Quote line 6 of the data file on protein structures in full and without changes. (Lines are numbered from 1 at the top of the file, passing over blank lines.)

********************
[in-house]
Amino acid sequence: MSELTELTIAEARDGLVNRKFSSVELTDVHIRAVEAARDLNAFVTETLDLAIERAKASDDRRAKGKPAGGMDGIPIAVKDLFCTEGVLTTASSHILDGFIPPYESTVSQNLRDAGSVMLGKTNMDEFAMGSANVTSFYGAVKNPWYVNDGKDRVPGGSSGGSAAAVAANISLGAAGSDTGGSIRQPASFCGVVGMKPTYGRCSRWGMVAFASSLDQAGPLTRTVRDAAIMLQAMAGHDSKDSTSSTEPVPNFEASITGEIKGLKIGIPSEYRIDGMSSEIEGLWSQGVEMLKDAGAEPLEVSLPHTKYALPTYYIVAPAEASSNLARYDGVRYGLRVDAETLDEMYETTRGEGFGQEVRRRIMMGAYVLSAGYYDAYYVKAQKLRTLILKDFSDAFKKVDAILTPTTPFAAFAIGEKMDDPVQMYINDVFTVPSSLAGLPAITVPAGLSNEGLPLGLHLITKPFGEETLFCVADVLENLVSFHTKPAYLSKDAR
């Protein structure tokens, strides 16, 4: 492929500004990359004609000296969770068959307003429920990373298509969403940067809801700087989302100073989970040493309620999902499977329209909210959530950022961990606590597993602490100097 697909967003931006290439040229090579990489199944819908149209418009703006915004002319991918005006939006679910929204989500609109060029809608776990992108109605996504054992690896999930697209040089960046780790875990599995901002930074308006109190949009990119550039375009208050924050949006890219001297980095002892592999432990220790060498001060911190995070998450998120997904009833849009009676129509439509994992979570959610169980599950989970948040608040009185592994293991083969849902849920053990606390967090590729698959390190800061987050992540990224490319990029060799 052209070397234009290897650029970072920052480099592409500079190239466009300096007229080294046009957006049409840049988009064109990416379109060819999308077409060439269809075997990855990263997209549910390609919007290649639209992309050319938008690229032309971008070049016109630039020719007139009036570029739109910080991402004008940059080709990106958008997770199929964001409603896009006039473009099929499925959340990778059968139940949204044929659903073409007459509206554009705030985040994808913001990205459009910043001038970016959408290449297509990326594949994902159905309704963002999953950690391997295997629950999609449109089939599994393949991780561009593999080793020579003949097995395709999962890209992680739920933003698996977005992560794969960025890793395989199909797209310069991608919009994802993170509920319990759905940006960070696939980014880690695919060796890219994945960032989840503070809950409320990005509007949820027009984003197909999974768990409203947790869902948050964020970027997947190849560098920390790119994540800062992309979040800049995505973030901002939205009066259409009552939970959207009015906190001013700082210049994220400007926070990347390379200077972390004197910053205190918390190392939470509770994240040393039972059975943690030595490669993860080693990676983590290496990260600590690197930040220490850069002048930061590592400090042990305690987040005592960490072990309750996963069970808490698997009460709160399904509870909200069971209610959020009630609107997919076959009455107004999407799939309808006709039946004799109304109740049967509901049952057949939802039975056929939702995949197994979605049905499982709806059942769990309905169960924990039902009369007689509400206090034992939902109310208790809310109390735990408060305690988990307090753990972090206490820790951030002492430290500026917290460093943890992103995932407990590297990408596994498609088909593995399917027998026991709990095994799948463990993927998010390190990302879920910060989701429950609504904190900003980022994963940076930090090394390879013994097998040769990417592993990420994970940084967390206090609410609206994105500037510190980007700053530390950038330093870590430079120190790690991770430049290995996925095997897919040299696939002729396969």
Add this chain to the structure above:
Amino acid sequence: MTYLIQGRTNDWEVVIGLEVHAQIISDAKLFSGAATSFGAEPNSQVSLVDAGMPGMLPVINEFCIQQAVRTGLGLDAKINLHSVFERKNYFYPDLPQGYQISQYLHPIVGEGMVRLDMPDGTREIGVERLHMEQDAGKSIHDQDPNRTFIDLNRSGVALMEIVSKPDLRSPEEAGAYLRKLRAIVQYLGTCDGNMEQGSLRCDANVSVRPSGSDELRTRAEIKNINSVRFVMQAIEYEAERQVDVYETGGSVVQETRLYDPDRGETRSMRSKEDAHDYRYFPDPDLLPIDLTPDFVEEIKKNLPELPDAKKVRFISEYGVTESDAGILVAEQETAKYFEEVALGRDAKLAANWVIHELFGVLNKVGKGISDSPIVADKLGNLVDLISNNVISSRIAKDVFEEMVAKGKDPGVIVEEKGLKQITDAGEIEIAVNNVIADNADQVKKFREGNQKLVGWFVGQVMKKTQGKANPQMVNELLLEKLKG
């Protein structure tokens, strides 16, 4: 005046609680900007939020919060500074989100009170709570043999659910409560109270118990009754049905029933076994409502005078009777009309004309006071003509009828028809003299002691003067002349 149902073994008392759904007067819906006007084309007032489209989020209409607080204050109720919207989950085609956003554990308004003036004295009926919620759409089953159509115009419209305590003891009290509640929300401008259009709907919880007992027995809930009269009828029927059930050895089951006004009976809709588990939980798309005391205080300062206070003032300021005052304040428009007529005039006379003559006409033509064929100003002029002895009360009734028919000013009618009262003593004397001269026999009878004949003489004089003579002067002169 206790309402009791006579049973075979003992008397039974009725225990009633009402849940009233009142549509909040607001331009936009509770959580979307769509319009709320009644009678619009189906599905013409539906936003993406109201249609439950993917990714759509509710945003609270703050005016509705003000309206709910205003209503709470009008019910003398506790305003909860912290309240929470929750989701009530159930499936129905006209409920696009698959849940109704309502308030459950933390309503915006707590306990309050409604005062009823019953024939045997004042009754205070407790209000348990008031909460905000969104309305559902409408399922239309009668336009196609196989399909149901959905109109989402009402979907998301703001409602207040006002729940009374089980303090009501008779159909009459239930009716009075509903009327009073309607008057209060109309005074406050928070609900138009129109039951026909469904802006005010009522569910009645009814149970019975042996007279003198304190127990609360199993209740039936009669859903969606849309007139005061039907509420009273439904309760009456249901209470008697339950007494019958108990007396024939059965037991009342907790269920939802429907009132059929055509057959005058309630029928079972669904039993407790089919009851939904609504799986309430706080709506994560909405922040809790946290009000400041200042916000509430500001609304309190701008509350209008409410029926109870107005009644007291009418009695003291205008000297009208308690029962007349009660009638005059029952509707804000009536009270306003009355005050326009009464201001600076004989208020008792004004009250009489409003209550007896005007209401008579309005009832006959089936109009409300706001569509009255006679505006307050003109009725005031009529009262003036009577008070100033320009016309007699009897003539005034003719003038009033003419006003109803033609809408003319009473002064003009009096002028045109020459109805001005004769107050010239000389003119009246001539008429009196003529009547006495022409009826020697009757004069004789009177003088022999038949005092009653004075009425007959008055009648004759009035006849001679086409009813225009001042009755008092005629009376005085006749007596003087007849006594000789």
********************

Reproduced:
């Protein structure tokens, strides 16, 4: 005046609680900007939020919060500074989100009170709570043999659910409560109270118990009754049905029933076994409502005078009777009309004309006071003509009828028809003299002691003067002349 149902073994008392759904007067819906006007084309007032489209989020209409607080204050109720919207989950085609956003554990308004003036004295009926919620759409089953159509115009419209305590003891009290509640929300401008259009709907919880007992027995809930009269009828029927059930050895089951006004009976809709588990939980798309005391205080300062206070003032300021005052304040428009007529005039006379003559006409033509064929100003002029002895009360009734028919000013009618009262003593004397001269026999009878004949003489004089003579002067002169 206790309402009791006579049973075979003992008397039974009725225990009633009402849940009233009142549509909040607001331009936009509770959580979307769509319009709320009644009678619009189906599905013409539906936003993406109201249609439950993917990714759509509710945003609270703050005016509705003000309206709910205003209503709470009008019910003398506790305003909860912290309240929470929750989701009530159930499936129905006209409920696009698959849940109704309502308030459950933390309503915006707590306990309050409604005062009823019953024939045997004042009754205070407790209000348990008031909460905000969104309305559902409408399922239309009668336009196609196989399909149901959905109109989402009402979907998301703001409602207040006002729940009374089980303090009501008779159909009459239930009716009075509903009327009073309607008057209060109309005074406050928070609900138009129109039951026909469904802006005010009522569910009645009814149970019975042996007279003198304190127990609360199993209740039936009669859903969606849309007139005061039907509420009273439904309760009456249901209470008697339950007494019958108990007396024939059965037991009342907790269920939802429907009132059929055509057959005058309630029928079972669904039993407790089919009851939904609504799986309430706080709506994560909405922040809790946290009000400041200042916000509430500001609304309190701008509350209008409410029926109870107005009644007291009418009695003291205008000297009208308690029962007349009660009638005059029952509707804000009536009270306003009355005050326009009464201001600076004989208020008792004004009250009489409003209550007896005007209401008579309005009832006959089936109009409300706001569509009255006679505006307050003109009725005031009529009262003036009577008070100033320009016309007699009897003539005034003719003038009033003419006003109803033609809408003319009473002064003009009096002028045109020459109805001005004769107050010239000389003119009246001539008429009196003529009547006495022409009826020697009757004069004789009177003088022999038949005092009653004075009425007959008055009648004759009035006849001679086409009813225009001042009755008092005629009376005085006749007596003087007849006594000789």